category refers to fine postural action tremor that develops as a result of a
medication. Medications that have been reported to cause such an effect are
lithium, beta-adrenergic agonist med-ications, stimulants, dopaminergic medications,
anticonvulsant medications, antipsychotics, antidepressant medications and
methylxanthines (e.g., caffeine) (American Psychiatric Asso-ciation, 2000). The
psychotropic medication most typically as-sociated with such tremor is lithium,
and most of the available information on medication-induced tremor relates to
that caused by lithium.
muscle contractions are accompanied by tremor as a result of contractions of
muscle fiber recruitment. This tremor is typically low in amplitude and is referred
to as a physiological tremor. When these contractions are maintained, the
amplitude of the tremor increases and it becomes visible. This is referred to
as an enhanced physiological tremor. A number of medica-tions, including
lithium and bronchodilators, produce an en-hanced physiological tremor. The
pathophysiological mechanism of these tremors is not well understood but seems
to relate to adrenergic changes (probably mediated in the locus coeruleus) in
the mechanical properties of the skeletal muscle. The response of these tremors
to beta-adrenergic blocking agents and their ex-acerbation as a result of
beta-adrenergic agonists seem to lend support to the notion of adrenergic
Estimates of the frequency of lithium-induced tremor vary widely across the literature and range between 4 and 65%. Lifetime incidence of tremor is estimated to be 25 to 50% of patients start-ing lithium therapy. A number of possible risk factors have been proposed to predispose a person to development of a lithium-induced tremor. These include older age, greater serum lithium levels, concomitant use of antidepressant or antipsychotic medi-cation, greater caffeine intake, history of tremor, alcohol depend-ence and anxiety (American Psychiatric Association, 2000).
tremor may appear as soon as treatment is initi-ated. As the lithium level
increases, the tremor becomes more severe and coarse and may have associated
muscle twitching or fasciculations (American Psychiatric Association, 2000).
Com-plaints about the tremor are typically greatest at the beginning of
therapy. There is disagreement as to whether the tremor typically remains
stable or improves with time on lithium.
lithium-induced tremor is reasonably easy to diag-nose. It is a rhythmical
action tremor. It is most commonly seen in the hands or fingers but can
occasionally be seen in the head, mouth, or tongue (American Psychiatric
Association, 2000). The frequency of the tremor is typically 8 to 12 Hz and is
similar in appearance to an essential tremor. It may usually be seen by ask-ing
the patient to hold the affected body part in a stable position. The tremor is
made worse by anxiety, stress, fatigue, hypoglyc-emia, thyrotoxicosis,
pheochromocytoma, hypothermia, alcohol withdrawal, performance of voluntary
movements and concomi-tant administration of cyclic antidepressant medications.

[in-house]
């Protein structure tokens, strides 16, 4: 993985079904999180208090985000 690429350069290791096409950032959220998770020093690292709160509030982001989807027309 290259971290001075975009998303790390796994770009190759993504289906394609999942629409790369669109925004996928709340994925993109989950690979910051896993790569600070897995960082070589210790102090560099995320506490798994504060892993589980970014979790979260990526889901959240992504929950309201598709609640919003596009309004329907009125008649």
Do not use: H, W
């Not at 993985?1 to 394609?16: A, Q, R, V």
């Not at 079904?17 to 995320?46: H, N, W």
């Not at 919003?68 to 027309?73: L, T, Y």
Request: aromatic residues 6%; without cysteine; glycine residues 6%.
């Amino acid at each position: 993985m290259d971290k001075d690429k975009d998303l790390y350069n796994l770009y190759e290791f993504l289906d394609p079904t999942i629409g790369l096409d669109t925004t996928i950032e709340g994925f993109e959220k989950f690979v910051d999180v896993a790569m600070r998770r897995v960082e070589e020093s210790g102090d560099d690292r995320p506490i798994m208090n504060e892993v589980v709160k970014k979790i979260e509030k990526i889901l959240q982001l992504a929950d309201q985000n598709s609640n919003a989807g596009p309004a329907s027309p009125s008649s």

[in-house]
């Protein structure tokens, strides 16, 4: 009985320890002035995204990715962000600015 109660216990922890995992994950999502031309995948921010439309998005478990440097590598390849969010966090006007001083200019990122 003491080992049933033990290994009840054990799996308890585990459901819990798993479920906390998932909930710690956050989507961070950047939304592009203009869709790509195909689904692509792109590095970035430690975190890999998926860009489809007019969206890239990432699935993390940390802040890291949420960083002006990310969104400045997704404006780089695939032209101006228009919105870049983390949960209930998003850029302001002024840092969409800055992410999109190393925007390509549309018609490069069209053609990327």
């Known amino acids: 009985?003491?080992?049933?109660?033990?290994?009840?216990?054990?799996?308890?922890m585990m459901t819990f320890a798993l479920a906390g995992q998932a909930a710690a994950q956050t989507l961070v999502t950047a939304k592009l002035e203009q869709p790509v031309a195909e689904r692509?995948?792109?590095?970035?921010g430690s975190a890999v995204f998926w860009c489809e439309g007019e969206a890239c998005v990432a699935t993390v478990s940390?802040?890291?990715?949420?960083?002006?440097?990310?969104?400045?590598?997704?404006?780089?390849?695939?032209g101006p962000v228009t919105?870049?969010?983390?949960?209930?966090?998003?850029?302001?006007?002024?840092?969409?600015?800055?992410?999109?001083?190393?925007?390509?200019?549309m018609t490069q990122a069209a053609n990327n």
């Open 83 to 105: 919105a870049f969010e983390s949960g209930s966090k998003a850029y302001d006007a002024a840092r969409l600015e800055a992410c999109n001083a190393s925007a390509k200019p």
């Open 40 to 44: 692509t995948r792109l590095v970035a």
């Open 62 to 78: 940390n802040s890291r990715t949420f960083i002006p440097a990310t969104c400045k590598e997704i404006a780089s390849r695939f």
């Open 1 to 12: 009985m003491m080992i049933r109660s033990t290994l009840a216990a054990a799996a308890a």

difficult differential diagnosis involves distin-guishing a lithium-induced
tremor from a tremor that was pre-existing. To be classified as a
medication-induced tremor, it must have a temporal relationship to the
medication, it must relate to the serum level of the medication, and it must
not persist after the medication is discontinued. A similar postural tremor is
essential tremor, and differentiation between the two is nearly impossible
clinically without the medication history. Any of the factors listed that may
exacerbate a medication-induced tremor can also cause a similar tremor in the
absence of the medica-tion. Medication-induced tremor may resemble NIP. NIP,
how-ever, is generally worse at rest, is lower in frequency, and has other
associated features of parkinsonism (American Psychiatric Association, 2000).
literature suggests that there is some risk that tremor may be embarrassing for
certain patients and could impair activities that require delicate movements.
The actual percentage of patients who are bothered by their tremor is unknown.
There do not ap-pear to be any long-term sequelae as a result of having a
medica-tion-induced postural tremor. A sudden worsening of tremor may be
indicative of the beginning of lithium intoxication.
treatment options have been described for treatment of lithium-induced tremor.
Typically the tremor is benign, is not bothersome to the patient, and requires
no specific intervention. Some cases, however, require treatment because of the
patient’s concern about the side effect. Preliminary measures include pos-sibly
reducing the lithium dose (if clinically feasible), changing the lithium dose
to one-time evening administration, or chang-ing the lithium preparation.
Caffeine intake should be reduced or eliminated, and anxiety should be
pharmacologically or behav-iorally treated.
represent the best-studied method for gain-ing pharmacological control of the
tremor if the preliminary measures are ineffective. Arana and Rosenbaum (2000)
recom-mended starting propranolol on an as-needed basis. They sug-gested 10 to
20 mg a half-hour before the activity in which the tremor must not be present.
If a patient requires chronic relief from the tremor, propranolol should be
initiated at 10 to 20 mg b.i.d and increased until adequate dose for suppression
of the tremor is attained. Propranolol may decrease glomerular filtra-tion rate
and may result in a reduction in renal lithium clearance. This suggests that
patients who require long-term beta-blocker suppression for tremor need to have
lithium levels checked more regularly even when they are taking a stable dose
little information in the literature as to the pos-sible treatment of tremor
induced by medications other than lithium and further investigations are needed
to elucidate this syndrome.